Old Town eatery hosting New Year's Eve benefit

Purr-fect way to greet 2001

Posted: Sunday, December 31, 2000

While many places will hold New Year's Eve bashes tonight, Veronica's plans to throw a nonalcoholic party and help out the Kenai Peninsula's furry friends in the process.

Maryann Alfano, owner of the cozy coffee house that sits across from the Russian Orthodox Church in Old Town Kenai, said the evening will begin at 6 p.m. with a traditional southern meal of black-eyed peas and corn bread. Coffee, tea, cider and nonalcoholic champaign also will top the menu.

The party will carry on through the night and early morning with provided board games and a nonalcoholic toast at midnight. The evening will come to a close 6 a.m. Monday

"(The event is) for people who want to come for a nonalcoholic New Year's Eve," Alfano said.

She said she sees the evening as a community service. She is opening her doors for people to come and hang out or for those who have been drinking to sip a cup of coffee.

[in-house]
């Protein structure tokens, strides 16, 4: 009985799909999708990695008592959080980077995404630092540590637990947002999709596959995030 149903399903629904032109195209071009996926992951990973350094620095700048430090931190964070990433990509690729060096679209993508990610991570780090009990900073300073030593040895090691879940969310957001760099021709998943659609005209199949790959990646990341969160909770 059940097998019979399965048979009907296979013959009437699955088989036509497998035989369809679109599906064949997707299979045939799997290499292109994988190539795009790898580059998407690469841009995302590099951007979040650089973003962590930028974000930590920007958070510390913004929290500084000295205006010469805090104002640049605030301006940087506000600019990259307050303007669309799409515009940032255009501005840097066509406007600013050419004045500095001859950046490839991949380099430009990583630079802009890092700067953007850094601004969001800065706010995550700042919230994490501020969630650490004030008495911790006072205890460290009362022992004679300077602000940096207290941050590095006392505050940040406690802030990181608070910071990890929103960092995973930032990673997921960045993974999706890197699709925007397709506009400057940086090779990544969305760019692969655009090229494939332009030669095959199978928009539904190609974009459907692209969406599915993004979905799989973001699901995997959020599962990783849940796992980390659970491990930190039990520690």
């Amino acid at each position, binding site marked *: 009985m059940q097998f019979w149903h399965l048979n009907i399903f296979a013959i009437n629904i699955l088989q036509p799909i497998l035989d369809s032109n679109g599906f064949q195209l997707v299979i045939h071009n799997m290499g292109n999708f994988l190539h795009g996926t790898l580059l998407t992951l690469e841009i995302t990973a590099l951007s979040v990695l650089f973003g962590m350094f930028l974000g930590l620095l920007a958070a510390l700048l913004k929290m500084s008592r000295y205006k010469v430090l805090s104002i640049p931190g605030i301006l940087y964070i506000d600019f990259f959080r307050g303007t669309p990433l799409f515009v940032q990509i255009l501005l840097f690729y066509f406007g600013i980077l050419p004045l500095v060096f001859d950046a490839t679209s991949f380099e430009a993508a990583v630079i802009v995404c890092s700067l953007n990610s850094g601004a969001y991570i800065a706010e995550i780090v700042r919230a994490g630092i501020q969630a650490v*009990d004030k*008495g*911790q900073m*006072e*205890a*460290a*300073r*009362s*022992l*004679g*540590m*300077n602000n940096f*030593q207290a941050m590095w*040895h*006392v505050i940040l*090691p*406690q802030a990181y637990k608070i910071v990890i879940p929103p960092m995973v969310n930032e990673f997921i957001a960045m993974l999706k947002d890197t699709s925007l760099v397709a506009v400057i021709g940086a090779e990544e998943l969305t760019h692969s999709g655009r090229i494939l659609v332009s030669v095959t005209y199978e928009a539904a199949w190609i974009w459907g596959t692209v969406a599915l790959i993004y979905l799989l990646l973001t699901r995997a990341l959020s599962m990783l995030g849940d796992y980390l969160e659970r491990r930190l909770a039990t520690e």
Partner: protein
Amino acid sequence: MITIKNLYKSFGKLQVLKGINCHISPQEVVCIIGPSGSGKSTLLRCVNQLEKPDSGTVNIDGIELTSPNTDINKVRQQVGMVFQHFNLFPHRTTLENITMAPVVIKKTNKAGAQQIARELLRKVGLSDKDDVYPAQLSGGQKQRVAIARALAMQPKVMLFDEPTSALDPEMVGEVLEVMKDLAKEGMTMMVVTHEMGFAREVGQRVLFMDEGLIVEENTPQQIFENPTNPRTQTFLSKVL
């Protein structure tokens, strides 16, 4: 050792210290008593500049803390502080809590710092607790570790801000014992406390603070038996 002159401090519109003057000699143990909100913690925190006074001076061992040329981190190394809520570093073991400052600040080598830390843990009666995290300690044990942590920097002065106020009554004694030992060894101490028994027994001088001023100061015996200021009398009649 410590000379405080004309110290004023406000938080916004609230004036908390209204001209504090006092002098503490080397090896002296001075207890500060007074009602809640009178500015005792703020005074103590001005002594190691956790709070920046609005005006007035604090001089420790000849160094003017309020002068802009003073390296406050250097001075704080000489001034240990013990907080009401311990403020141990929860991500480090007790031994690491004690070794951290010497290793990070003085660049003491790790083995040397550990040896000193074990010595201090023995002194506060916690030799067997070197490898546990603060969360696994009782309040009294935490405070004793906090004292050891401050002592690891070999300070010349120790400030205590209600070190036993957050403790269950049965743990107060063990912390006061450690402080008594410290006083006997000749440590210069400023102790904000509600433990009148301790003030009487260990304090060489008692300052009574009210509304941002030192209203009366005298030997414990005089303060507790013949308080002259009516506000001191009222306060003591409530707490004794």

"It will be a neat thing to do," she said.

Customers also can take walks on the beach, which is easily accessible from the coffee house.

Another important part of the evening is the benefit to area animals.

Alfano said she plans to donate 15 percent of her sales this evening to the Peninsula Animal League for spaying and neutering dogs and cats. She also will accept donations at the door.

Peninsula Animal League's mission is to subsidize and promote spaying and neutering of pets through donations and endowments.

Brett Reid, members of PAL and an animal control officer, said the the group promotes sterilization of animals.

"Everybody can get behind that," he said, adding that the procedure is usually cheaper than raising a litter of puppies or kittens.

But there is more demand for sterilization in the area than money.

Alfano said she has been involved with the league and believes in what it does.

"There are too many unwanted animals, these programs are worthwhile," she said. "It is really important to get these animals spayed and neutered."

Reid said the average cost per animal that is in the shelter is $75. Those costs are covered by taxpayers.

Also, the Kenai Animal Shelter euthanized 868 animals in 1999.



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